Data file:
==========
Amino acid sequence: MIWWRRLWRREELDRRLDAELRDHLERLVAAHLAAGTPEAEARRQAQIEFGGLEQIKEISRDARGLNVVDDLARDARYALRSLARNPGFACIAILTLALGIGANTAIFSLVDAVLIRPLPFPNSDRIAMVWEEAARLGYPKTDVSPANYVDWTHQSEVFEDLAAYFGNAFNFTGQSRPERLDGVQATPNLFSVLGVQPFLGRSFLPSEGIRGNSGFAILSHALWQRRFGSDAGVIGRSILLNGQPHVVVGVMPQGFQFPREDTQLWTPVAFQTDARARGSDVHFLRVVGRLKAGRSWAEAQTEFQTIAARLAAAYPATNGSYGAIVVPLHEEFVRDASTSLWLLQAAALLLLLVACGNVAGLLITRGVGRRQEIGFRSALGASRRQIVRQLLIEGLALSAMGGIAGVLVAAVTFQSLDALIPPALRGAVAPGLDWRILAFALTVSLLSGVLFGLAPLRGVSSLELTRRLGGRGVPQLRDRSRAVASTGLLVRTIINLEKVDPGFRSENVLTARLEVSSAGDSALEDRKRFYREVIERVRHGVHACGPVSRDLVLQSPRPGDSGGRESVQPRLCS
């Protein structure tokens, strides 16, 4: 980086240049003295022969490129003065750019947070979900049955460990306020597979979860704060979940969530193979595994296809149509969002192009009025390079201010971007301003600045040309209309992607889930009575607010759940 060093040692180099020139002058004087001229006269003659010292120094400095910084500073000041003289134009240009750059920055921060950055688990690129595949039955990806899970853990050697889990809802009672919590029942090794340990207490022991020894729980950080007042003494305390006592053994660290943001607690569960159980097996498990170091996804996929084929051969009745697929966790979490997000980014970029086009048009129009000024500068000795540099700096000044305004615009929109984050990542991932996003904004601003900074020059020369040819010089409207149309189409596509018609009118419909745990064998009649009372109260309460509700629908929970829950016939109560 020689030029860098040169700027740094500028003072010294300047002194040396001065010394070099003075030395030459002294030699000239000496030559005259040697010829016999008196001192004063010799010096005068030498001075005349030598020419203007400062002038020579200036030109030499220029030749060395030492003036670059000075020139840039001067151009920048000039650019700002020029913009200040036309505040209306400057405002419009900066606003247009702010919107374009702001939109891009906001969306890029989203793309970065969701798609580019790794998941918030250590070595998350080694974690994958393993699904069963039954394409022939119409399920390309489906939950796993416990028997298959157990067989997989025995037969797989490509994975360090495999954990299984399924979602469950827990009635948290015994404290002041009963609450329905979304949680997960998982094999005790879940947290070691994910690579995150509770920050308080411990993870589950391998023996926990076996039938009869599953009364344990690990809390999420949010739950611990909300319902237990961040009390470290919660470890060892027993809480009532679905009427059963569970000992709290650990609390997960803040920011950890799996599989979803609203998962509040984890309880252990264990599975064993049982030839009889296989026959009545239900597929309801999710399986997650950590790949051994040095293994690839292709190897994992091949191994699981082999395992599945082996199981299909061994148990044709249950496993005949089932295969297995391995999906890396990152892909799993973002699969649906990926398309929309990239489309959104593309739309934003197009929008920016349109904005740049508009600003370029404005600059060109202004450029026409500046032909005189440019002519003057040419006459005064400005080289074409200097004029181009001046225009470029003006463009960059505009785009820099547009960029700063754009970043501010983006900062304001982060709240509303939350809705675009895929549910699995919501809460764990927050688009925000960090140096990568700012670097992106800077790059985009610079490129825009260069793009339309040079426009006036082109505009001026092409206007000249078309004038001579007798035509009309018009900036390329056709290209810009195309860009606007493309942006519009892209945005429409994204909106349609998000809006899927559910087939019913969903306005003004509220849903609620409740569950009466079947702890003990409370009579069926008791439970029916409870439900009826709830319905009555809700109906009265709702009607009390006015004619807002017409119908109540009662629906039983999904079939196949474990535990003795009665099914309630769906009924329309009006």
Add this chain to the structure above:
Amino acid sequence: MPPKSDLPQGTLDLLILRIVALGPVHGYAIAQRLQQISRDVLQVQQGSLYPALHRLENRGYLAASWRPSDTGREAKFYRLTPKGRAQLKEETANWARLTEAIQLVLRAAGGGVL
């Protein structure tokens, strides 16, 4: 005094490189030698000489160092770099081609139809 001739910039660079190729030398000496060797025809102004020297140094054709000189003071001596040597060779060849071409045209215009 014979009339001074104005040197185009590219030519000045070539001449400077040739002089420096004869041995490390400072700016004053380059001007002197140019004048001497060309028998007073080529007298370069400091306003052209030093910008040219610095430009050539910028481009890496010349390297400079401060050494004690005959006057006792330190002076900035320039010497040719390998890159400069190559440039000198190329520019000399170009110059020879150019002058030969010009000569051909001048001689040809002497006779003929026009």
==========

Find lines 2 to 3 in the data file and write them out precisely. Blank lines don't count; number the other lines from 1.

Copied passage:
């Protein structure tokens, strides 16, 4: 980086240049003295022969490129003065750019947070979900049955460990306020597979979860704060979940969530193979595994296809149509969002192009009025390079201010971007301003600045040309209309992607889930009575607010759940 060093040692180099020139002058004087001229006269003659010292120094400095910084500073000041003289134009240009750059920055921060950055688990690129595949039955990806899970853990050697889990809802009672919590029942090794340990207490022991020894729980950080007042003494305390006592053994660290943001607690569960159980097996498990170091996804996929084929051969009745697929966790979490997000980014970029086009048009129009000024500068000795540099700096000044305004615009929109984050990542991932996003904004601003900074020059020369040819010089409207149309189409596509018609009118419909745990064998009649009372109260309460509700629908929970829950016939109560 020689030029860098040169700027740094500028003072010294300047002194040396001065010394070099003075030395030459002294030699000239000496030559005259040697010829016999008196001192004063010799010096005068030498001075005349030598020419203007400062002038020579200036030109030499220029030749060395030492003036670059000075020139840039001067151009920048000039650019700002020029913009200040036309505040209306400057405002419009900066606003247009702010919107374009702001939109891009906001969306890029989203793309970065969701798609580019790794998941918030250590070595998350080694974690994958393993699904069963039954394409022939119409399920390309489906939950796993416990028997298959157990067989997989025995037969797989490509994975360090495999954990299984399924979602469950827990009635948290015994404290002041009963609450329905979304949680997960998982094999005790879940947290070691994910690579995150509770920050308080411990993870589950391998023996926990076996039938009869599953009364344990690990809390999420949010739950611990909300319902237990961040009390470290919660470890060892027993809480009532679905009427059963569970000992709290650990609390997960803040920011950890799996599989979803609203998962509040984890309880252990264990599975064993049982030839009889296989026959009545239900597929309801999710399986997650950590790949051994040095293994690839292709190897994992091949191994699981082999395992599945082996199981299909061994148990044709249950496993005949089932295969297995391995999906890396990152892909799993973002699969649906990926398309929309990239489309959104593309739309934003197009929008920016349109904005740049508009600003370029404005600059060109202004450029026409500046032909005189440019002519003057040419006459005064400005080289074409200097004029181009001046225009470029003006463009960059505009785009820099547009960029700063754009970043501010983006900062304001982060709240509303939350809705675009895929549910699995919501809460764990927050688009925000960090140096990568700012670097992106800077790059985009610079490129825009260069793009339309040079426009006036082109505009001026092409206007000249078309004038001579007798035509009309018009900036390329056709290209810009195309860009606007493309942006519009892209945005429409994204909106349609998000809006899927559910087939019913969903306005003004509220849903609620409740569950009466079947702890003990409370009579069926008791439970029916409870439900009826709830319905009555809700109906009265709702009607009390006015004619807002017409119908109540009662629906039983999904079939196949474990535990003795009665099914309630769906009924329309009006």
Add this chain to the structure above: